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Publication numberUS3965789 A
Publication typeGrant
Application numberUS 05/438,780
Publication dateJun 29, 1976
Filing dateFeb 1, 1974
Priority dateFeb 1, 1974
Publication number05438780, 438780, US 3965789 A, US 3965789A, US-A-3965789, US3965789 A, US3965789A
InventorsAlan R. Pearlman
Original AssigneeArp Instruments, Inc.
Export CitationBiBTeX, EndNote, RefMan
External Links: USPTO, USPTO Assignment, Espacenet
Electronic musical instrument effects control
US 3965789 A
The keyboard type instrument includes circuitry for controlling an envelope generator and a voltage controlled oscillator which in sequence operates a voltage controlled filter, and a voltage controlled amplifier both of which receive control signals from the envelope generator. The keys of the keyboard preferably have a common variable conductance touch sensor or transducer associated therewith which is responsive to key depression pressure in excess of a predetermined threshold pressure to control one or more audible characteristics of the played note. In one embodiment vibrato, pitchbend, brilliance and volume of the note are controllable. Associated with the keyboard is selection means including a plurality of audible characteristic selectors and variable means delimiting the range of the audible characteristics. The playing of a note at less than the threshold pressure provides the usual audible pitch and applied pressure above the threshold pressure introduces one or more of the audible characteristics at an intensity that is dependent upon the applied pressure and the setting of the variable control means associated with the keyboard.
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1. For an electronic musical instrument having a keyboard, means coupled from the keyboard and responsive to a minimum key pressure for providing an audio signal, and means responsive to the audio signal for generating an audible tone corresponding to the played key, effect control means comprising;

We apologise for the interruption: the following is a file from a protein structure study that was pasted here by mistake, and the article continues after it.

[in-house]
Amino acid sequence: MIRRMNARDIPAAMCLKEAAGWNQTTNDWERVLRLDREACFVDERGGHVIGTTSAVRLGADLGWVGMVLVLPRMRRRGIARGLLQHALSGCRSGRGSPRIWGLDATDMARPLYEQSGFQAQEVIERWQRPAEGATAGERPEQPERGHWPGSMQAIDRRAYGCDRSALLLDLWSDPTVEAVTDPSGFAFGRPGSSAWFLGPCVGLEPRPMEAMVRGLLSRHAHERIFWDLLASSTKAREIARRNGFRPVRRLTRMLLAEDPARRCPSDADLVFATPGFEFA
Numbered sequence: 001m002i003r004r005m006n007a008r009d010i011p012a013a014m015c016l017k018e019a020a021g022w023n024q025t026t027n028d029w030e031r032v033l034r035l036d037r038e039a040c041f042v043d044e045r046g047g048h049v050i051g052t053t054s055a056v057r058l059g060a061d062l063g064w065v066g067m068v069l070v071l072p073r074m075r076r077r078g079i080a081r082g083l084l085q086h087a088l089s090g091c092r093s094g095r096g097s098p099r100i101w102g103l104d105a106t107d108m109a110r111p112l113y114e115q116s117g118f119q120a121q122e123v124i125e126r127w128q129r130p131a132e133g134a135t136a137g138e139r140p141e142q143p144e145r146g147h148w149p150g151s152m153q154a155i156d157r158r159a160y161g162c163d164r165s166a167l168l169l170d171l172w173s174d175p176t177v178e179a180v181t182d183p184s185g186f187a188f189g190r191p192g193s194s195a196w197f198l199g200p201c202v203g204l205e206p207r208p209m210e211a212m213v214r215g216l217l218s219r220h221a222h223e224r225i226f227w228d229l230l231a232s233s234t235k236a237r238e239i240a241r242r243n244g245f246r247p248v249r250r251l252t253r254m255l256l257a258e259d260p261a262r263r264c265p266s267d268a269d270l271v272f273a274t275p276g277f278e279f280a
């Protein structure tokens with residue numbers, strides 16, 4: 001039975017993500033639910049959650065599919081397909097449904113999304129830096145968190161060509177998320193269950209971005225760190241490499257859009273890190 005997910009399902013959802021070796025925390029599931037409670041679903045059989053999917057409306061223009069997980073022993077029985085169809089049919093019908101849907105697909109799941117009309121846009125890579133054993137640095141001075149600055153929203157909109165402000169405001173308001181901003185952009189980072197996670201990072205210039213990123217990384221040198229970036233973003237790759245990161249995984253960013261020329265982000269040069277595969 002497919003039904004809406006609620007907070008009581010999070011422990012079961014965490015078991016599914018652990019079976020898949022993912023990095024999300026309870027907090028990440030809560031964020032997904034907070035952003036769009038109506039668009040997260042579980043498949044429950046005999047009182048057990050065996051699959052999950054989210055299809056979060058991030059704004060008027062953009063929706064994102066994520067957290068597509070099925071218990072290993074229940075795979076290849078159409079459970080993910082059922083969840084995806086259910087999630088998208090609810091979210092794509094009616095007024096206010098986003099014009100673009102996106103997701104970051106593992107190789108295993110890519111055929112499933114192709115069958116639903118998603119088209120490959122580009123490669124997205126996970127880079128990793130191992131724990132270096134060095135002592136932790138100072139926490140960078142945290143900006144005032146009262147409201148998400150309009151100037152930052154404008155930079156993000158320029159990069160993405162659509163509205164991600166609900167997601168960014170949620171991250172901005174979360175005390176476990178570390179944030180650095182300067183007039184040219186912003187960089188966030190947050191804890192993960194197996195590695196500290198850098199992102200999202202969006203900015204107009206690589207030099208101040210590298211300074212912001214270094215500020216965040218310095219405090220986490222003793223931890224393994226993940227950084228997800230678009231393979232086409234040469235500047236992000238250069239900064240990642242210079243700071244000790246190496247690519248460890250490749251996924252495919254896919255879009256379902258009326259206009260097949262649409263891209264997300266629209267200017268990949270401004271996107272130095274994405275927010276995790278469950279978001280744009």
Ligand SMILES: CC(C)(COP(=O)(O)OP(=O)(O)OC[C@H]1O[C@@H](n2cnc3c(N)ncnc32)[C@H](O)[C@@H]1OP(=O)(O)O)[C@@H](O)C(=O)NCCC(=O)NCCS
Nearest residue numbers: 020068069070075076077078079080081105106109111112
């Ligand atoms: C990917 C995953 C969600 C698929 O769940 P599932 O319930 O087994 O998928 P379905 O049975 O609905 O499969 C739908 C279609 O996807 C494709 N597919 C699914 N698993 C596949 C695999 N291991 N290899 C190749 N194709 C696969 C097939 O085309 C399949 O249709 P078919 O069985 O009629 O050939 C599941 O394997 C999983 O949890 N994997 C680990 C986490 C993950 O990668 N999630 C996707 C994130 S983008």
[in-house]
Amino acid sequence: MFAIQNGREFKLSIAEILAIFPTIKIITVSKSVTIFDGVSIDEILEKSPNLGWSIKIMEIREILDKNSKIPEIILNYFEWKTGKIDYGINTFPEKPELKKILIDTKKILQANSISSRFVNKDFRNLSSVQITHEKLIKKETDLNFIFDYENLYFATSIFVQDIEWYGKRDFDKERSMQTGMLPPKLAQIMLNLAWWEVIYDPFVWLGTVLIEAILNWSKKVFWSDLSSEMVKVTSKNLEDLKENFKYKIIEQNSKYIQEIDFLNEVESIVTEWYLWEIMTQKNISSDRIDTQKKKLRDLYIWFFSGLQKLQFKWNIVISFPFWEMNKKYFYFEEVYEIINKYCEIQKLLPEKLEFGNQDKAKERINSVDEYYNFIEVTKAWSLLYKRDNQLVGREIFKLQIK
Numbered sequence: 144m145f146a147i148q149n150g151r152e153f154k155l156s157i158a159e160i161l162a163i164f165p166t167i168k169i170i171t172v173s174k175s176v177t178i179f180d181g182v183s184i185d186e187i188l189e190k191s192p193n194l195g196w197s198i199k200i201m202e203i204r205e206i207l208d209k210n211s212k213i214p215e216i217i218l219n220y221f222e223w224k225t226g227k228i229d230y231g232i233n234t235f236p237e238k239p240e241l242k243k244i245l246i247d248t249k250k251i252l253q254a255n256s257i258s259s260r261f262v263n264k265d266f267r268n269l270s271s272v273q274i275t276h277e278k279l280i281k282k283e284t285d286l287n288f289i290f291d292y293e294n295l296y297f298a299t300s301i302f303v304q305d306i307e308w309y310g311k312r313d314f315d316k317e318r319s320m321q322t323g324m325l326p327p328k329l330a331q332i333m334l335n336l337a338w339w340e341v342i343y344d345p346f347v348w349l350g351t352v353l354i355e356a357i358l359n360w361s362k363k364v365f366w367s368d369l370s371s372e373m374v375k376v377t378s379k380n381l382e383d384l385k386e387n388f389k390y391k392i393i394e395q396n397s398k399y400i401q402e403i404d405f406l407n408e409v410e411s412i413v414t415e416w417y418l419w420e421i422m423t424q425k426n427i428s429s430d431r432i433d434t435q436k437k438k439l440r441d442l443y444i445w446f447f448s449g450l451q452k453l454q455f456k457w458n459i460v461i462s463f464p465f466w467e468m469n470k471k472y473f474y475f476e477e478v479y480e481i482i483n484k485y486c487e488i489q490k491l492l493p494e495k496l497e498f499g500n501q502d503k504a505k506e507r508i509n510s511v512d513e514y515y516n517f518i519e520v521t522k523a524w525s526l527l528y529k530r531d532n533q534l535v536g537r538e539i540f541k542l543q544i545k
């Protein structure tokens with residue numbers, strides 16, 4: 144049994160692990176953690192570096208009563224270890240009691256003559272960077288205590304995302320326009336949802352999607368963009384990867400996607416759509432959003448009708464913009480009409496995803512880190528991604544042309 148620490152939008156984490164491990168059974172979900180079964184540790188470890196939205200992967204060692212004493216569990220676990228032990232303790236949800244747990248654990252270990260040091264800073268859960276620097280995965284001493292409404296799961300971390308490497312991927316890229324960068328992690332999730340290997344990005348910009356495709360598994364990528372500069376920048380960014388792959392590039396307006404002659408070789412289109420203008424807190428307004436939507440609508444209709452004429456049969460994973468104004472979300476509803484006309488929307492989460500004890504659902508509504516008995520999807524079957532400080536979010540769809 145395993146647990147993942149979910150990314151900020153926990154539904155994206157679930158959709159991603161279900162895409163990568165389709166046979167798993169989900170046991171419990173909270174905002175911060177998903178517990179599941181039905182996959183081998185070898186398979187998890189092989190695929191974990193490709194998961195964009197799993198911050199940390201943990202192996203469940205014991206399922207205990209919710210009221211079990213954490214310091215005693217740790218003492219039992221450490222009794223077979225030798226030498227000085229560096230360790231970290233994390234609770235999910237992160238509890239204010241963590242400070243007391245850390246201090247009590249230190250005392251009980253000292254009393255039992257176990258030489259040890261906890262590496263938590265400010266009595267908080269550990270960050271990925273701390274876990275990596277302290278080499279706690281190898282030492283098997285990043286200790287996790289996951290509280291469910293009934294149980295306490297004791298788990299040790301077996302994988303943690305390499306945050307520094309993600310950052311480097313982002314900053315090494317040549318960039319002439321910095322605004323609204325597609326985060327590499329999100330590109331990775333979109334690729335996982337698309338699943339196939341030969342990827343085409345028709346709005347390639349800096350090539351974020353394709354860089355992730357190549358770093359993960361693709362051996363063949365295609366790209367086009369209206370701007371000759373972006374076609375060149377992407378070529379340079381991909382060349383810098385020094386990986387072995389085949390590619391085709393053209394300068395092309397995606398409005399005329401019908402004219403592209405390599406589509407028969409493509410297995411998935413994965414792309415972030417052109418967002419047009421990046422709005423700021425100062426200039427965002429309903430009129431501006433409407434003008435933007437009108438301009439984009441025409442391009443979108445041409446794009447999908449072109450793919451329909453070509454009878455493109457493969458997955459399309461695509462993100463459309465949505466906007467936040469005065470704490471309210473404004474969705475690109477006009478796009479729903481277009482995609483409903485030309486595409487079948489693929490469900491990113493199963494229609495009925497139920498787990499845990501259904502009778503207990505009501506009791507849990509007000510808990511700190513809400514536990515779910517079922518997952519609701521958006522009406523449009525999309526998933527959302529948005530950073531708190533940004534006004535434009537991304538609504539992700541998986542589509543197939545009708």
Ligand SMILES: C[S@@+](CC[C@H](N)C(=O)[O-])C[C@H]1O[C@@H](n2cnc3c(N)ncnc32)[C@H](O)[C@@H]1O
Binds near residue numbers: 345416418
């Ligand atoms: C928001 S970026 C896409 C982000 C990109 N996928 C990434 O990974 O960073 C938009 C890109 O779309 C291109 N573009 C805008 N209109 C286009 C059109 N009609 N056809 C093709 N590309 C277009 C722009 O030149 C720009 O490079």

transducer means operatively associated with the keyboard and having a conductance that is variable in accordance with pressure applied to a key of the keyboard, said transducer means being disposed relative to said keyboard so as to be operative only at applied pressure above a predetermined threshold pressure, which predetermined threshold pressure is greater than said minimum key pressure,
means coupled from said transducer means for establishing a control level signal that is variable in accordance with pressure applied above said threshold pressure,
a plurality of separate selection means each one for introducing a different audio effect, at least one of said selection means being selectable,
each of said selection means being responsive to said control level signal and producing an audio effect signal that is variable in accordance with said control level signal,
and means coupled from said selection means for altering said audio signal in accordance with at least one of said audio effect signals to thereby introduce the selected audio effect in the audible tone.
2. The means of claim 1 including variable means manually settable and coupled to said selection means for delimiting the range of variability of said audio effect signals.
3. The means of claim 2 wherein said variable means includes a plurality of manual adjusting means, one for each selection means.
4. The means of claim 1 wherein said means for providing said audio signal includes a switch contact which closes when said minimum key pressure is applied and wherein said transducer means includes spaced conductive strips, a variable conductance member and means for maintaining said member spaced from said strips under said minimum key pressure, said member contacting said strips when said predetermined threshold pressure is applied.